Music 'poured' last week.

It has been raining in Bangkok. Similarly, the normally arid Indian cultural scenario in Bangkok was drenched in music last week. No matter it was all Bollywood! First, it was the program arranged by our precious friends Viji and Khalid. (Precious: highly valued, much loved, or considered to be of great importance-- I quote from MSN dictionary!). They sponsored a concert of Roshan and Ritvik, physically challenged artists from Bangalore.

It was arranged in style to introduce these artists and to encourage them. It was compered competently by Viji's sister Rajani. Rajani helps deserving artists through an organisation called 'Good Deeds'. There were two more artists Satish Govindan and Smriti who added variety and some Bollywood style dancing, nice and subdued. Our very popular Indian ambassdor H.E. Latha Reddy was gracious to be present for the whole evening.

We had excellent snacks and dinner at the Novotel, courtesy, the hosts. The music began almost on time and we had some nostalgia of old classics and also modern music to please the young at heart. You should have seen them dancing! The older brother Roshan was blind and sang very well. It was really endearing to see his smile, it was radiant and with genuine pleasure. His brother also blind was even more challenged, his mother had to hold the mike for him. He also sang well and was innovative. To the uninitiated like me, they said singing along a track was very tough and that these two did very well.

But to me and all of us, the most important and significant part of the whole evening was to see and meet the admirable mother of these two boys. She was smiling all the time and exuded extremely positive energy. She had every right to be be sad and melancholy. But she had not succumbed to depression after being dealt with such a cruel blow from fate. It touched our heart and also gave us a lesson about facing life squarely in spite of what it chooses to throw at us as a challenge.

Our thanks and gratitude to Viji and Khalid who gave us a glimpse of how the physically challenged have overcome their problems. We did have worries, how will they cope with the very competitive field of film music? Understand they are learning classical music as well. But we felt that with mother around, the boys will do well and keep their success in a proper perspective and not get carried away. They released a CD of their music at the concert and we wish them well. (Roshan Rajan, a postgraduate student from Bangalore, who was participating with his brother Ritvik Rajan: "Both my brother and I have been singing right from childhood. I have learnt Hindustani classical music and can play the violin and the organ. My brother and I perform at many concerts together").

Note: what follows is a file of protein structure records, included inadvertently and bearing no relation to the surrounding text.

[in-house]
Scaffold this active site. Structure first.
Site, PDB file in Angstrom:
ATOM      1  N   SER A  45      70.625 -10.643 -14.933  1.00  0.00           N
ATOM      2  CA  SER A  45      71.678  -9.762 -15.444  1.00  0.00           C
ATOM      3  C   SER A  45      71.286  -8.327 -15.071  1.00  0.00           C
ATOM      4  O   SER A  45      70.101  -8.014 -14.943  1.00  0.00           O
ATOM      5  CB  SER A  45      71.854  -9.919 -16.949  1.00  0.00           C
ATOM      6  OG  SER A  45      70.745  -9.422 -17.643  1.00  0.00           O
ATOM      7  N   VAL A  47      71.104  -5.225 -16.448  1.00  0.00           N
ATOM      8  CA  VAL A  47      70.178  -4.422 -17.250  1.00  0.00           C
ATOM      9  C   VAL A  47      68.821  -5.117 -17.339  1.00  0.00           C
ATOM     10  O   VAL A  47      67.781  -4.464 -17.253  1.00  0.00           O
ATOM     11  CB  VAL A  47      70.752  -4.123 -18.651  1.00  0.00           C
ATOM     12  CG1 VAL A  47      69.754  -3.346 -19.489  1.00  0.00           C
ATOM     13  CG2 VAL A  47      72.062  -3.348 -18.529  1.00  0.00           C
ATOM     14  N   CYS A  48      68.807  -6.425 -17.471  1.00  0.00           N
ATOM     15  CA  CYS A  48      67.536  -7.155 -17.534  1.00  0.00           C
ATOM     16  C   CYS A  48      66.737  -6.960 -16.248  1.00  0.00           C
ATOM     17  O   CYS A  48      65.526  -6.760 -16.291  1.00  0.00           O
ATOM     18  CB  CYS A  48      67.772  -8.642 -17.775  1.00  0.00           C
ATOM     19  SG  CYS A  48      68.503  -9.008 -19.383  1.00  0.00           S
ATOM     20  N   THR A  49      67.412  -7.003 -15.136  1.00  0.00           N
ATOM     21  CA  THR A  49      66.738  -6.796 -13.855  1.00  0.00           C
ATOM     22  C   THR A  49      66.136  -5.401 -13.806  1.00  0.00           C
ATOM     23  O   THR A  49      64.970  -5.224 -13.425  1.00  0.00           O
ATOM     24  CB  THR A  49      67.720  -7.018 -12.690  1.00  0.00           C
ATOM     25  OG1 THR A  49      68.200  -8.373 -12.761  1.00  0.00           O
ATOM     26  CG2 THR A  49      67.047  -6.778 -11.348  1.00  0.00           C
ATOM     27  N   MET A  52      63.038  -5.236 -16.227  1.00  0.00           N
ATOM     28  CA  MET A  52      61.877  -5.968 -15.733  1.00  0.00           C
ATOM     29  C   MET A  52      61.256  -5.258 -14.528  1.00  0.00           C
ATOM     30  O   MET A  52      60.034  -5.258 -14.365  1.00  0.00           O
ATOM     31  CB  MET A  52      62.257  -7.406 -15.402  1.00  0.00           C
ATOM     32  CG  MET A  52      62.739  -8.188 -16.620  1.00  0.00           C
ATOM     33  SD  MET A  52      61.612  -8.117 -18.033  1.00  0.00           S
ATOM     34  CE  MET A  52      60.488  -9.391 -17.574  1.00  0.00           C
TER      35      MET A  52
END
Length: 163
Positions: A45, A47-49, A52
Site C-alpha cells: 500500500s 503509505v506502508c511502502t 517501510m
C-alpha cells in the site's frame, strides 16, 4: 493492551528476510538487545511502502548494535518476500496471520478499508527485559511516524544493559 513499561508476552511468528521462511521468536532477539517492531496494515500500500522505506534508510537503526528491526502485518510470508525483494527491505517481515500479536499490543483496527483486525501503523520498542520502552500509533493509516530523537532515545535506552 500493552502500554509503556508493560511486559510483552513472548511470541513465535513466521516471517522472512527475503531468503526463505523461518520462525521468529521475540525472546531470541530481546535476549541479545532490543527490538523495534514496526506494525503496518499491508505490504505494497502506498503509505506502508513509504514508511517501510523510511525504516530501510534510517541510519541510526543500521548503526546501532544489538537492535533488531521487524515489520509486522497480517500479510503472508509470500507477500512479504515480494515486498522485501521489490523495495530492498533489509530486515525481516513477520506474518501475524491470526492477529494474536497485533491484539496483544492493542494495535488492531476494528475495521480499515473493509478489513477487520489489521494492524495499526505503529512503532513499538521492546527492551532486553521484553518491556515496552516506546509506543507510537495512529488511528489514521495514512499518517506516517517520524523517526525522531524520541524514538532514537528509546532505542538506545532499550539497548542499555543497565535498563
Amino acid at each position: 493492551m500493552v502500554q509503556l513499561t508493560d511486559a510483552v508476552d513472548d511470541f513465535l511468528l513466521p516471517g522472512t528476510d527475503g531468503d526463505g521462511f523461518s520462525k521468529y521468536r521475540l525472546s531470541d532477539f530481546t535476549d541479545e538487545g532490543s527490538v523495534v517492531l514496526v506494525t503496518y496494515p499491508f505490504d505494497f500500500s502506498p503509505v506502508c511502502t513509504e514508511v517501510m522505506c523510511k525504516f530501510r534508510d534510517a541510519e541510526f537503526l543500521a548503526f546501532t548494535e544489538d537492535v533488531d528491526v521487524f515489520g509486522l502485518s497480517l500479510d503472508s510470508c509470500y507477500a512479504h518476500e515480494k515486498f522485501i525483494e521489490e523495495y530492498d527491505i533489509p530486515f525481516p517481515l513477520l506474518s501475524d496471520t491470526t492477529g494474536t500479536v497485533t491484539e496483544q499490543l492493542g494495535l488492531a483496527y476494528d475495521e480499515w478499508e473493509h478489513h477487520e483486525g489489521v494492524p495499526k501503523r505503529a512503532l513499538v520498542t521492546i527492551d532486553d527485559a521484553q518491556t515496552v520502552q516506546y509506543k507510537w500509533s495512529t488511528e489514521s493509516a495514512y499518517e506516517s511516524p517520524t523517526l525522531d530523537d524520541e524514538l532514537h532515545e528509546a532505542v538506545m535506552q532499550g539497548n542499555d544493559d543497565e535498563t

( I would like to insert a comment from Viji, I had asked for some details and sent a copy of my blog for her to see! I love blogging because it is so easy to add and edit! "Dear Nidih, the name of the girl is Smriti. thanks for the very balanced review of the evening by Roshan and Ritvik. U forgot to mention the food which was excellent and the VIP reception I had organised for my guests at the entrance. The name of the organisation is Good Deeds (for whatever it is worth) and they believe in having fun along with some serious work i guess. viji". I like the new spelling of my name! Ramesh (Khendry) would be pleased with the compliments his catering staff have received.)

The evening at the Rembrandt Hotel was attended by a larger group. Sponsored by Indian Council of Cultural Relations, it was hosted by The Indian Embassy and a host of Indian -Thai elite organisations! I knew Penaz Masani as a Ghazal singer, but surprisingly this was a program of Bollywood music and what could be modern dance. The Ghazals, which Penaz was gracious to sing were nice and the dances, whatever type it was, were well choreographed ! Interestingly the boys and girls wore almost similar looking dresses in many of the dances and only difference was that the boys were bare chested! Penaz led us through the program with practiced charm and smile. Her language was too syrupy, matched the gulab jamoons we had at the interval break.
Honestly I expected a better show. The stage was too small and the people at the back could not see the lower part of the stage! I am not really a judge of music and I know she has talent, but I felt that she was too busy bonding rather than singing!

I wonder in which category did ICCR place the music and specially its modern dance when they approved its tour to South East Asia. If they are still at it, eventhough I hate the word Bollywood, I can suggest 'Bollyangra' or 'Bolly-natyam' or 'Bollypuri' or 'Bollyattam'. If they ask me I would prefer one of the last two! Regards Bolly music, I leave it to others who are more into music! May be I should invite Khalid to suggest.

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